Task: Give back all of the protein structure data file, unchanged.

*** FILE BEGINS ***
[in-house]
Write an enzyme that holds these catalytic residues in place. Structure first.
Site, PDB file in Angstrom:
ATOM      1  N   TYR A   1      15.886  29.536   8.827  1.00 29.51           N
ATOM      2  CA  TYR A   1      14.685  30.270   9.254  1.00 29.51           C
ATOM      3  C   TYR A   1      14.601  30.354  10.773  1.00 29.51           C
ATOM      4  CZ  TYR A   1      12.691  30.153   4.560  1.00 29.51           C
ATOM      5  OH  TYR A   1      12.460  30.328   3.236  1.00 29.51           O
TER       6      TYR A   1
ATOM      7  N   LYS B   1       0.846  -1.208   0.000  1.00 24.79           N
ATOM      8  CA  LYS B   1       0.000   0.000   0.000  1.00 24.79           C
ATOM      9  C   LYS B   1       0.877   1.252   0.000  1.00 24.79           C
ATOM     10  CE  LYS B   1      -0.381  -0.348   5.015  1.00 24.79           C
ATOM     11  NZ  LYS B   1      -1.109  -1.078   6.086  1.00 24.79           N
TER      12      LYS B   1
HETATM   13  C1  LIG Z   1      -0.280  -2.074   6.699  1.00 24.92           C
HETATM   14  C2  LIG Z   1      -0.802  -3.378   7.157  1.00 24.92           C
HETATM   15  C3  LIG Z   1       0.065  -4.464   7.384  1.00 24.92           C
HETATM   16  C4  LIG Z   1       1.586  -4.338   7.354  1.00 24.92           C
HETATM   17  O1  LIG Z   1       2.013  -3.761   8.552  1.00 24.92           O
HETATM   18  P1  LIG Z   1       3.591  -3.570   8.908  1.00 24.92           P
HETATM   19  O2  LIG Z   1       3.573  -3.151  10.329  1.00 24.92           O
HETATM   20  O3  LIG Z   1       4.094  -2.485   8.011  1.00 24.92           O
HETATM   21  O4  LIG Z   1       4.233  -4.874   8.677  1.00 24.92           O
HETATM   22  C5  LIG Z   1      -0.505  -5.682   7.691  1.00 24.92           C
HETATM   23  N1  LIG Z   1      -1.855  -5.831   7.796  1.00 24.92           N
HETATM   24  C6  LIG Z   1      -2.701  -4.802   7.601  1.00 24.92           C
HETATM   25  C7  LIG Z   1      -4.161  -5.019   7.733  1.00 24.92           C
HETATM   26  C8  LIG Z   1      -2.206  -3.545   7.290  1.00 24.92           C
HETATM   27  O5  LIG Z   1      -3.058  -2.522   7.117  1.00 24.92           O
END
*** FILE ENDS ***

[in-house]
Write an enzyme that holds these catalytic residues in place. Structure first.
Site, PDB file in Angstrom:
ATOM      1  N   TYR A   1      15.886  29.536   8.827  1.00 29.51           N
ATOM      2  CA  TYR A   1      14.685  30.270   9.254  1.00 29.51           C
ATOM      3  C   TYR A   1      14.601  30.354  10.773  1.00 29.51           C
ATOM      4  CZ  TYR A   1      12.691  30.153   4.560  1.00 29.51           C
ATOM      5  OH  TYR A   1      12.460  30.328   3.236  1.00 29.51           O
TER       6      TYR A   1
ATOM      7  N   LYS B   1       0.846  -1.208   0.000  1.00 24.79           N
ATOM      8  CA  LYS B   1       0.000   0.000   0.000  1.00 24.79           C
ATOM      9  C   LYS B   1       0.877   1.252   0.000  1.00 24.79           C
ATOM     10  CE  LYS B   1      -0.381  -0.348   5.015  1.00 24.79           C
ATOM     11  NZ  LYS B   1      -1.109  -1.078   6.086  1.00 24.79           N
TER      12      LYS B   1
HETATM   13  C1  LIG Z   1      -0.280  -2.074   6.699  1.00 24.92           C
HETATM   14  C2  LIG Z   1      -0.802  -3.378   7.157  1.00 24.92           C
HETATM   15  C3  LIG Z   1       0.065  -4.464   7.384  1.00 24.92           C
HETATM   16  C4  LIG Z   1       1.586  -4.338   7.354  1.00 24.92           C
HETATM   17  O1  LIG Z   1       2.013  -3.761   8.552  1.00 24.92           O
HETATM   18  P1  LIG Z   1       3.591  -3.570   8.908  1.00 24.92           P
HETATM   19  O2  LIG Z   1       3.573  -3.151  10.329  1.00 24.92           O
HETATM   20  O3  LIG Z   1       4.094  -2.485   8.011  1.00 24.92           O
HETATM   21  O4  LIG Z   1       4.233  -4.874   8.677  1.00 24.92           O
HETATM   22  C5  LIG Z   1      -0.505  -5.682   7.691  1.00 24.92           C
HETATM   23  N1  LIG Z   1      -1.855  -5.831   7.796  1.00 24.92           N
HETATM   24  C6  LIG Z   1      -2.701  -4.802   7.601  1.00 24.92           C
HETATM   25  C7  LIG Z   1      -4.161  -5.019   7.733  1.00 24.92           C
HETATM   26  C8  LIG Z   1      -2.206  -3.545   7.290  1.00 24.92           C
HETATM   27  O5  LIG Z   1      -3.058  -2.522   7.117  1.00 24.92           O
END